Despite its use in biomechanics research, there exists no standardized method for implementing a residual analysis to define the optimum cutoff frequency (OCF) of low-pass digital filters. Given the potential for this processing to have an impact on results, an objective routine is necessary for consistent data treatment between investigations and laboratories. Therefore, the goal of this study was to formalize an objective routine to implement a residual analysis, and examine whether it could be applied to kinetic signals. METHODS - Part I: The following parameters were hypothesized to effect the OCF determined through residual analysis: (i) linearity criterion magnitude, (ii) frequency axis resolution and (iii) range of cutoff frequencies included in the analysis. Part II: Two existing datasets were used to evaluate the objective routine that was developed. For each study, four dependent measures were calculated from ground reaction force data, including: (i) peak force, (ii) time to peak force, (iii) rate of force development and (iv) impulse. To examine the influence of using a digital Butterworth filter with OCF, each measure was compared to both the raw signal and a commonly applied cutoff frequency of 20 Hz. RESULTS - The objective routine developed was found to be most sensitive to the range of frequencies included in the analysis. In Part II, both the F-20 and OCF filtering conditions had minimal impact on all force-time dependent measures, except for rate of force development. IMPLICATIONS - Residual analysis may not be appropriate for selecting an OCF when filtering kinetic signals.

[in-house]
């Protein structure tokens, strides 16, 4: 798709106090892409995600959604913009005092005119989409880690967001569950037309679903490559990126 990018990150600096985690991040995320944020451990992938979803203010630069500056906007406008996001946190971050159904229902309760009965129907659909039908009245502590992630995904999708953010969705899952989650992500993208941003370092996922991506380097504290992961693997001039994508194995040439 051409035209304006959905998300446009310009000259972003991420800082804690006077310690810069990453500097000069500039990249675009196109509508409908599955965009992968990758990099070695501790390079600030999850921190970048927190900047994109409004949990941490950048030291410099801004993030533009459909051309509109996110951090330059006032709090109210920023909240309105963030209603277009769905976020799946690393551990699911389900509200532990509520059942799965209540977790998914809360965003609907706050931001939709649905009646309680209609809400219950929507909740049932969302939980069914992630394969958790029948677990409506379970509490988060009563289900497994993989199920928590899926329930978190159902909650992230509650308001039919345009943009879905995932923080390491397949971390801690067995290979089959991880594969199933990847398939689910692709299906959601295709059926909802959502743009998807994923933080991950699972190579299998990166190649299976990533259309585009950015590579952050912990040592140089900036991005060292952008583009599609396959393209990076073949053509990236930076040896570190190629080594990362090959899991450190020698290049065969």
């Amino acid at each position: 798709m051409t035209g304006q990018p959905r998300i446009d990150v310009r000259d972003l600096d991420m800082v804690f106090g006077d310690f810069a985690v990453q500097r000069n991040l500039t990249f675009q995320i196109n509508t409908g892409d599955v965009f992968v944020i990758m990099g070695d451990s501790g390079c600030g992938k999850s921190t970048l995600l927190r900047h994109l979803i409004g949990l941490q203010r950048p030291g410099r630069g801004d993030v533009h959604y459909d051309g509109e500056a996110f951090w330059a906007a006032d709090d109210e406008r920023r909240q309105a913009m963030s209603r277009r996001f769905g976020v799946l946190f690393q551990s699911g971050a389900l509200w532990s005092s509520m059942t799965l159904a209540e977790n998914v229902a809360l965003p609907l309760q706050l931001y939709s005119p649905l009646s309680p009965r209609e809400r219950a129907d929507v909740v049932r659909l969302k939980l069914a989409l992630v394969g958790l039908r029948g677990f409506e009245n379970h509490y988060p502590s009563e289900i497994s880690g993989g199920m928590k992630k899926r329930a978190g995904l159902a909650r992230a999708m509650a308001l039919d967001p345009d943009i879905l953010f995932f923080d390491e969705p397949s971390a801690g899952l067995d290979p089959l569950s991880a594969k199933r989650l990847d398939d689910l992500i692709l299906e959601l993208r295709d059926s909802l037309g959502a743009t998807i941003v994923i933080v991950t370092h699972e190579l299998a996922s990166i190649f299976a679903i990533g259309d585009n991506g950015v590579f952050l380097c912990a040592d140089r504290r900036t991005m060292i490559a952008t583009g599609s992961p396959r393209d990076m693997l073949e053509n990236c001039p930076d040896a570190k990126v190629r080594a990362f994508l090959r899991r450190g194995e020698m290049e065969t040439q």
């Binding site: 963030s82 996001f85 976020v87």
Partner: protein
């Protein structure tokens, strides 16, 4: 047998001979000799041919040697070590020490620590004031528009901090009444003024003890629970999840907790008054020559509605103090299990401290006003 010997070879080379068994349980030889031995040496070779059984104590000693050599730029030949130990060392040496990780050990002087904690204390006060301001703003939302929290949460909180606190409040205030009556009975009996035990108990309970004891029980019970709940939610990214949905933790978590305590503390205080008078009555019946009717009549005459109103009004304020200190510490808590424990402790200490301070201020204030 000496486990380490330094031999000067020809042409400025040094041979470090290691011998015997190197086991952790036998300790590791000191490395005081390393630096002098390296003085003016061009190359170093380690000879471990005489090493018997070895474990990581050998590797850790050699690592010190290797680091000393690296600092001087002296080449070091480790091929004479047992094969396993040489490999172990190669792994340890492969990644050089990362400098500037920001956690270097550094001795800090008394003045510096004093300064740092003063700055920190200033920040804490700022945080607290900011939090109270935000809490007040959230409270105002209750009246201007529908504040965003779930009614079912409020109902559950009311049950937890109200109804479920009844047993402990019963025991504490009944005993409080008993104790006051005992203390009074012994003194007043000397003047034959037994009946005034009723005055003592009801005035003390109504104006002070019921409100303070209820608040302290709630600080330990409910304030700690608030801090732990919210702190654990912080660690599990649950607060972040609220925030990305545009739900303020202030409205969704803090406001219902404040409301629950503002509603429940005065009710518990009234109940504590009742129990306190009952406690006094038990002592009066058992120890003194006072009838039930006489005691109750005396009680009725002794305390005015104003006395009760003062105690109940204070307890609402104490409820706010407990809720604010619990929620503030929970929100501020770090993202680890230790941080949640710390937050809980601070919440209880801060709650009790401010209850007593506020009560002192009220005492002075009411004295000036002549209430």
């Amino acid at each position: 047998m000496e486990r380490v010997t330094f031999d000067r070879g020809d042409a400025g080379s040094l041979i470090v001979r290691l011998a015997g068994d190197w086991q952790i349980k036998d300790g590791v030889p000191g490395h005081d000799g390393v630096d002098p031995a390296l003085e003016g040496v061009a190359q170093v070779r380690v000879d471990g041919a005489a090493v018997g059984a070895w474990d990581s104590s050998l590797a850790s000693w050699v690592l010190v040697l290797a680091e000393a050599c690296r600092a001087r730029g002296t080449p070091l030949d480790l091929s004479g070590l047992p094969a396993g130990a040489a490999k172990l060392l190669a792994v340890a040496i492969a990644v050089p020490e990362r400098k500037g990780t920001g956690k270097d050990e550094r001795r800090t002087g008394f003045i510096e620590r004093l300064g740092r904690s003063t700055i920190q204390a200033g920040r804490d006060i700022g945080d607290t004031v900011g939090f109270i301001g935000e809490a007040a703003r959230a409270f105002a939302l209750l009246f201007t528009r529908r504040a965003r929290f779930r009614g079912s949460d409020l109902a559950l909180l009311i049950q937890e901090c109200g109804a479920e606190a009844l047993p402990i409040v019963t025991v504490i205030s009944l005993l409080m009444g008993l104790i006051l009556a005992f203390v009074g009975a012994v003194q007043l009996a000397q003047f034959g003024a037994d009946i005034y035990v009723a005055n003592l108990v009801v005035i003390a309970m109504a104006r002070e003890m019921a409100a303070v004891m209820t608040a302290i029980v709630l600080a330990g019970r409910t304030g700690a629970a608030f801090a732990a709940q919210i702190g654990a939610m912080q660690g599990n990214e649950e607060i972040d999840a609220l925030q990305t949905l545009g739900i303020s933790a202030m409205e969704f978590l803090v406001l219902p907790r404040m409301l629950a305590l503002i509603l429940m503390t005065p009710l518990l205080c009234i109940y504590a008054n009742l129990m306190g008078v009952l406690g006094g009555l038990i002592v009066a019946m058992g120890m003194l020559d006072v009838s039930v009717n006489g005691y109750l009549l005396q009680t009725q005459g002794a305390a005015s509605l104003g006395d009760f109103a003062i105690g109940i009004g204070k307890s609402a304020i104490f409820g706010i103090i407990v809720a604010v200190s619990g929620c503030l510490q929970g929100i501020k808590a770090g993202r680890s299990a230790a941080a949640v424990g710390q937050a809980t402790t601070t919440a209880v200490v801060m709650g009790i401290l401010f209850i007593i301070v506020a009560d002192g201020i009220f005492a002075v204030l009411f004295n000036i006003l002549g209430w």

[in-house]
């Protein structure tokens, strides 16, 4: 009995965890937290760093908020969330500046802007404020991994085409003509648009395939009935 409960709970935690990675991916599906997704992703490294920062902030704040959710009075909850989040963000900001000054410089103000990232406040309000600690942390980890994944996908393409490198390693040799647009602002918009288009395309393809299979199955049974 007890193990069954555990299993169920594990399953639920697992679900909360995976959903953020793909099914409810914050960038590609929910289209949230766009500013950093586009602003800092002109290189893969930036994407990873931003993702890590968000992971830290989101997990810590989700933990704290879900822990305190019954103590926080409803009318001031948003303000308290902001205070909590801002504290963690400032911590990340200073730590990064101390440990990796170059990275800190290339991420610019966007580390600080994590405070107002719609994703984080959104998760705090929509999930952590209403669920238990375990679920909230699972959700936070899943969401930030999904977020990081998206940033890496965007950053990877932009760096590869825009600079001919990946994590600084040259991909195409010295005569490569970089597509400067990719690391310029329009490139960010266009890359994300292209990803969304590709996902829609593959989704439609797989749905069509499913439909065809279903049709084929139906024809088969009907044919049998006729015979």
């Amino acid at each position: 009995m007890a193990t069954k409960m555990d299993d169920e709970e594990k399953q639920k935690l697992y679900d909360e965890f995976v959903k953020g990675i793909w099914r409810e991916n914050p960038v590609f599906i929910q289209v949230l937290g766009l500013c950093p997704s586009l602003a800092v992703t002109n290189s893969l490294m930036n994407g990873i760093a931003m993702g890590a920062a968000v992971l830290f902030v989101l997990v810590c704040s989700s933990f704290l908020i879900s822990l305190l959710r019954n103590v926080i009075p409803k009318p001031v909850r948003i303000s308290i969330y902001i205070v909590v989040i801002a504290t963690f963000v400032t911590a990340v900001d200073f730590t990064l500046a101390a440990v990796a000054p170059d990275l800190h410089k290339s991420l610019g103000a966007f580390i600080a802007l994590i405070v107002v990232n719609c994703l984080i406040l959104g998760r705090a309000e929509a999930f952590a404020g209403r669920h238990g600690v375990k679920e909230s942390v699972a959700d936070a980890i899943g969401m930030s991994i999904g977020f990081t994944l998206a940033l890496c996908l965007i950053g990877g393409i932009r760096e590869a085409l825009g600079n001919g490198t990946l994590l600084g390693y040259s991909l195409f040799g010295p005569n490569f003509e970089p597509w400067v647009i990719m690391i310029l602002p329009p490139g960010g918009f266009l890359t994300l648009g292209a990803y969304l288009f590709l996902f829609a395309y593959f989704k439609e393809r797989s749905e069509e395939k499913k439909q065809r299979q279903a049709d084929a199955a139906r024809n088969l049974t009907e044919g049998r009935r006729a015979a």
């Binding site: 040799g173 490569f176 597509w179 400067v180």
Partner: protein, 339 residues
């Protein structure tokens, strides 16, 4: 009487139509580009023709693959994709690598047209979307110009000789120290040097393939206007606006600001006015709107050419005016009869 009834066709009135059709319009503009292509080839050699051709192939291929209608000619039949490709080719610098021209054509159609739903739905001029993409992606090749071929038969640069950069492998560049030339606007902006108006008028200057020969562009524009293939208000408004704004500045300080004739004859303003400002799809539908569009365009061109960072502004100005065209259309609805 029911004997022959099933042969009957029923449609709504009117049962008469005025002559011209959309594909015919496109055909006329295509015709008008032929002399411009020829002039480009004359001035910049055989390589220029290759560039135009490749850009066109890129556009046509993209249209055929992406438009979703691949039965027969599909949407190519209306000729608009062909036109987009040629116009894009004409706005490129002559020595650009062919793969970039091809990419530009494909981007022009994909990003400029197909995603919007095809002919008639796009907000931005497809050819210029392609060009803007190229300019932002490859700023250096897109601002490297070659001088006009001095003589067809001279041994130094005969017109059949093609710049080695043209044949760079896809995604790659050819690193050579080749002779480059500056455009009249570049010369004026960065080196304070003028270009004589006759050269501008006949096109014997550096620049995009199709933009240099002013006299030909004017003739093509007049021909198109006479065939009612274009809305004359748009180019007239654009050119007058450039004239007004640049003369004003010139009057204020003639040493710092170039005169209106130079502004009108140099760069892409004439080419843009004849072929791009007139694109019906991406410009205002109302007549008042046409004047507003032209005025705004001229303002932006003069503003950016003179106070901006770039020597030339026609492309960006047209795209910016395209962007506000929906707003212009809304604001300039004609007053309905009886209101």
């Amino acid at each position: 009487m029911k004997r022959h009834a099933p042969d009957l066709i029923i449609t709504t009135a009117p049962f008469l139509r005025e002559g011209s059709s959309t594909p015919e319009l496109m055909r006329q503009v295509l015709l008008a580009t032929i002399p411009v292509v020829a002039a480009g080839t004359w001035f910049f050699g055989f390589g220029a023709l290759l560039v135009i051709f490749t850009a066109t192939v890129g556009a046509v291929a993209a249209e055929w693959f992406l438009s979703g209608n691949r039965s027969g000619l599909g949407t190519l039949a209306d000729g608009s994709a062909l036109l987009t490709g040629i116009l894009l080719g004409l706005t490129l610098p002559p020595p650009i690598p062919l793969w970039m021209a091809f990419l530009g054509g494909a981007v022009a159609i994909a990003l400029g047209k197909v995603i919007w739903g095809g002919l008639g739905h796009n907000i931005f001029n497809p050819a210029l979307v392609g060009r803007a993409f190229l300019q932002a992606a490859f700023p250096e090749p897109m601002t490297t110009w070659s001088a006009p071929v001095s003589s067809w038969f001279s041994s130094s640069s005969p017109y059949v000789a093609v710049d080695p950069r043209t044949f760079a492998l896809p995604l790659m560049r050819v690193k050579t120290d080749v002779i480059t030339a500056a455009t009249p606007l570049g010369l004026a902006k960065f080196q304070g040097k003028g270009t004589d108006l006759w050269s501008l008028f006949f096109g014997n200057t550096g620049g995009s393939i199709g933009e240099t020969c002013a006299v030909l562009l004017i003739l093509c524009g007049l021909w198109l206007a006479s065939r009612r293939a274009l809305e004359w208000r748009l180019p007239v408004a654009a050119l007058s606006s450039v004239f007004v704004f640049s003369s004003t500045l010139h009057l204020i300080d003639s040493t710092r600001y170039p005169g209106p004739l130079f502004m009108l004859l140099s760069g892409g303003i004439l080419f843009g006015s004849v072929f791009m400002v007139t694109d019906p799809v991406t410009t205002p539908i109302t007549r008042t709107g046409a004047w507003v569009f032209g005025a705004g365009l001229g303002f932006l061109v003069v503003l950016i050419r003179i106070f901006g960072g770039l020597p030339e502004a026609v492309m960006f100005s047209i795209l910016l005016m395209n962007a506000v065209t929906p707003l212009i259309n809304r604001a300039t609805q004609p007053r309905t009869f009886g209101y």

Listed In: Biomechanical Engineering, Biomechanics, Gait, Orthopedic Research, Sports Science